All weekend I thought a lot about all the things God did in me during that year and a half. Because of those three kids, I have known a kind of love I didn’t know before, and I realized in processing it all these last few days that there are some major things I learned about God’s heart for me because of them.

1. My disobedience is offensive to Him. 

There’s a difference between babysitting on a weekend and nannying four to five days a week, literally helping someone raise their kids. The difference is that you have to actually parent them.

I figured out pretty quickly (and called my mom to repent for my disobedience growing up) that it is offensive when I’ve asked them to do something, and I know they hear me, and they don’t do it. I was never mad at them or unforgiving of them, but the whole time I was learning to check my own heart every time and ask God, “Are there places in my life I’m doing this to you?”

It was convicting. The answer was often, “Yes.”

1a. Even after I’ve offended Him, He still thinks I’m awesome.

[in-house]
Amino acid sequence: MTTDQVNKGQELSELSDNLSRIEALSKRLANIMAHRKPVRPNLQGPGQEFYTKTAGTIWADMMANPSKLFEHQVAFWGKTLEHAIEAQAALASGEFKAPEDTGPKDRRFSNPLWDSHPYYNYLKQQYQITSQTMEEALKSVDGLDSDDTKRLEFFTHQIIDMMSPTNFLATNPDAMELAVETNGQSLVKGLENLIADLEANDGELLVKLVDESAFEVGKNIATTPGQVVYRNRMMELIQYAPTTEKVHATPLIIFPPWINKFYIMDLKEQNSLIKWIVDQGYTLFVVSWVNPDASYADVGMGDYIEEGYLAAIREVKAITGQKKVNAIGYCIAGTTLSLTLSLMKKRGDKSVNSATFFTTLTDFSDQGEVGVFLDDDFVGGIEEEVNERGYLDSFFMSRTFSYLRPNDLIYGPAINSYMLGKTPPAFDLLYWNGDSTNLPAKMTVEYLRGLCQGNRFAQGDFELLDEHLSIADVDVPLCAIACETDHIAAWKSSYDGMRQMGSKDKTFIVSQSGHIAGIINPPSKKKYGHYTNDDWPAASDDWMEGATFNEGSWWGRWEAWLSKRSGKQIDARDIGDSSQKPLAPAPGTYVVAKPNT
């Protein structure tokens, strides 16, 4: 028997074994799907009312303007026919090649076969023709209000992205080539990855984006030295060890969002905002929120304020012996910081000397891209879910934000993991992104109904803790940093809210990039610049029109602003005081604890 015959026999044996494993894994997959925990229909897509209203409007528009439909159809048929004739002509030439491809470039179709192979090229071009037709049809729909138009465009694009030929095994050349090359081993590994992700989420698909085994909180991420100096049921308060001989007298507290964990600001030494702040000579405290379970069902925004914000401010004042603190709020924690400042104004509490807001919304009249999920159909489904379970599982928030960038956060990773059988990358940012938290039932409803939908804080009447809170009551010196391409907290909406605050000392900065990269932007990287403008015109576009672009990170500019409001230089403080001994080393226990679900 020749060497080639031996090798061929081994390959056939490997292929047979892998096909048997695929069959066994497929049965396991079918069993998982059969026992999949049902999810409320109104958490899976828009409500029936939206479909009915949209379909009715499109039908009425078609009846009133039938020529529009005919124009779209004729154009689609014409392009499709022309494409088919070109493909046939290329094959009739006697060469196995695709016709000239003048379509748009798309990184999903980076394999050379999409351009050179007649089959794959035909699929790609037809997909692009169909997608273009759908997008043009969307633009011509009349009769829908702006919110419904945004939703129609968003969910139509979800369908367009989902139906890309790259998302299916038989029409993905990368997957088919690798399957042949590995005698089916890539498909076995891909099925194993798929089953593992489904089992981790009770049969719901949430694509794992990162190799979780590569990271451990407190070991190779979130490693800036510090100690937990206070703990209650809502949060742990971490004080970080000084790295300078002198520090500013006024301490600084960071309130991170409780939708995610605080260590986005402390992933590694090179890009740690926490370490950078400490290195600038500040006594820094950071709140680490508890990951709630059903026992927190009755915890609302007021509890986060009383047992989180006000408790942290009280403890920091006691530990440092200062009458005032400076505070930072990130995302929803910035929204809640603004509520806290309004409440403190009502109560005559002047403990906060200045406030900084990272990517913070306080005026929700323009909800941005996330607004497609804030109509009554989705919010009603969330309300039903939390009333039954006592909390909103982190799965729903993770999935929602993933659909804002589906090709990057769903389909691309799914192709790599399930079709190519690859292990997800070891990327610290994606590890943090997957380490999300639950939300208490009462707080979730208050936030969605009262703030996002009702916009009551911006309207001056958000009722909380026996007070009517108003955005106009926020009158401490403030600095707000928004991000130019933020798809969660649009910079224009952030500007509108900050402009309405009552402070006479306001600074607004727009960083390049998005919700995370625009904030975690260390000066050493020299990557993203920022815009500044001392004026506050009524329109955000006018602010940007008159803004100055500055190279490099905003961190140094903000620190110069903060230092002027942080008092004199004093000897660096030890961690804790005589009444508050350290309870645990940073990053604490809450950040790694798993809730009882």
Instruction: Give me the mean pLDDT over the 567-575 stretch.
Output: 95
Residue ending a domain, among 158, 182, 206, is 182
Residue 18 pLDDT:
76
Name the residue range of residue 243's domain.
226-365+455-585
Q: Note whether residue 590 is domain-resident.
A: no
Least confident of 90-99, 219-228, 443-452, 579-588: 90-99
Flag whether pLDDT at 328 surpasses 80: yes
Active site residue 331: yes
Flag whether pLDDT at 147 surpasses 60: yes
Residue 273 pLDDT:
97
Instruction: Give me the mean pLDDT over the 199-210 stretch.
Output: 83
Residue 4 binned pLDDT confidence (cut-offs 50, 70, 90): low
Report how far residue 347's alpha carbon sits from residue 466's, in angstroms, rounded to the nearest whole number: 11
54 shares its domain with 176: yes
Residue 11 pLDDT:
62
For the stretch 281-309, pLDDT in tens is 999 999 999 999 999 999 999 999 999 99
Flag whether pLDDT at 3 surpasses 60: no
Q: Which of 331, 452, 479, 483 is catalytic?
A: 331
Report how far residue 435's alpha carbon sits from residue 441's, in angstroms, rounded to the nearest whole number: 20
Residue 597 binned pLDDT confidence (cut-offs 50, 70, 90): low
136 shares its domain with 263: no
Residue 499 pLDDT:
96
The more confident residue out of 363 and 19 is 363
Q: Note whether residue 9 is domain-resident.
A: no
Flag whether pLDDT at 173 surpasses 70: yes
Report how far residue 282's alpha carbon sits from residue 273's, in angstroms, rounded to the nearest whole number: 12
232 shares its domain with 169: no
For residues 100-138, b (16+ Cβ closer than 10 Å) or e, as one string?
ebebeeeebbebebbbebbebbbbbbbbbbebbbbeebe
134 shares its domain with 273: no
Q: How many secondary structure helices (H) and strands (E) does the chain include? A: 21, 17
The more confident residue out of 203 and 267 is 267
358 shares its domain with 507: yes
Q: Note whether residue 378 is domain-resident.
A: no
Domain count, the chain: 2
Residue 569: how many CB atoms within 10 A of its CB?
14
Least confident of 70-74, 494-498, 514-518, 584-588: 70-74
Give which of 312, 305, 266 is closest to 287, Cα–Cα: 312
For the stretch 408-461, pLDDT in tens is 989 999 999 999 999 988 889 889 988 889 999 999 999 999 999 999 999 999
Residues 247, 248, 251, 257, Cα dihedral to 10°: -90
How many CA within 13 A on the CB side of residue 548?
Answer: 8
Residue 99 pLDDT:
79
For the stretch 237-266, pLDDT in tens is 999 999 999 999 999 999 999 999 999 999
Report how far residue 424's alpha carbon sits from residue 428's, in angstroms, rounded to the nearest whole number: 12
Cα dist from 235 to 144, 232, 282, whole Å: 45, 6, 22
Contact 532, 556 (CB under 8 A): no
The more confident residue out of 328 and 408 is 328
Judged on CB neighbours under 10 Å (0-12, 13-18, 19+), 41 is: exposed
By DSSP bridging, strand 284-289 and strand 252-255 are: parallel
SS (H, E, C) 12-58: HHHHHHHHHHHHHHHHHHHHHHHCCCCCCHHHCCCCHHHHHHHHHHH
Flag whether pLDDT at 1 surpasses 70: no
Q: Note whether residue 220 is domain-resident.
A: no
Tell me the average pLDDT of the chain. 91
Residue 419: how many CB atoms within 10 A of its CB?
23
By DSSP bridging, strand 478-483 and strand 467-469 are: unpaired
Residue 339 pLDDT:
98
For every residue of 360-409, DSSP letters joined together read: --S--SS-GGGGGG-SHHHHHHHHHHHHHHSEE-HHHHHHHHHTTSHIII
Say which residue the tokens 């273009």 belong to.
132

One of my favorite things about disciplining the kids was the conversation we would have about whatever their offense was, and how it always ended with a hug and a, “I’m not mad at you. I love you.” When I’m slow to obey God’s guidance and leadership in my life, we have a conversation about it and He corrects me. But it always ends with me knowing His affection for me.

2. He loves that I need His help.

There was this one day that one of the boys had taken his brand new bike for a ride around the neighborhood with friends. He was late in coming home so I walked down the street to where I knew he was, only to find him standing there, covered in mud, crying hysterically. 

His wheels were so coated in mud they wouldn’t even turn. To a 9 year old, this is truly the end of the world. I was trying so hard to hold back laughter. I had to explain to him that this isn’t a big deal, we can fix it, and he wasn’t in trouble. (He was still crying, saying he didn’t mean to be late and he didn’t mean to ruin his new bike.)

Well, since the wheels weren’t going anywhere covered in all that mud, I had to throw his bike over my shoulder and carry it home as we walked back together. And as he wept, I was still laughing, trying to calm him down and tell him it was going to be OK.

I think God and I have similar moments. Something happens that I didn’t see coming, and I feel like I should have been able to avoid it, so He comes walking over to meet me and I’m just weeping and in panic mode. I think in those moments He laughs at my silliness and says, “Sara, it’s going to be fine. You need my help, and I love that about you. This draws us closer to one another.”

3. It blesses His heart like crazy when I take Him at His word.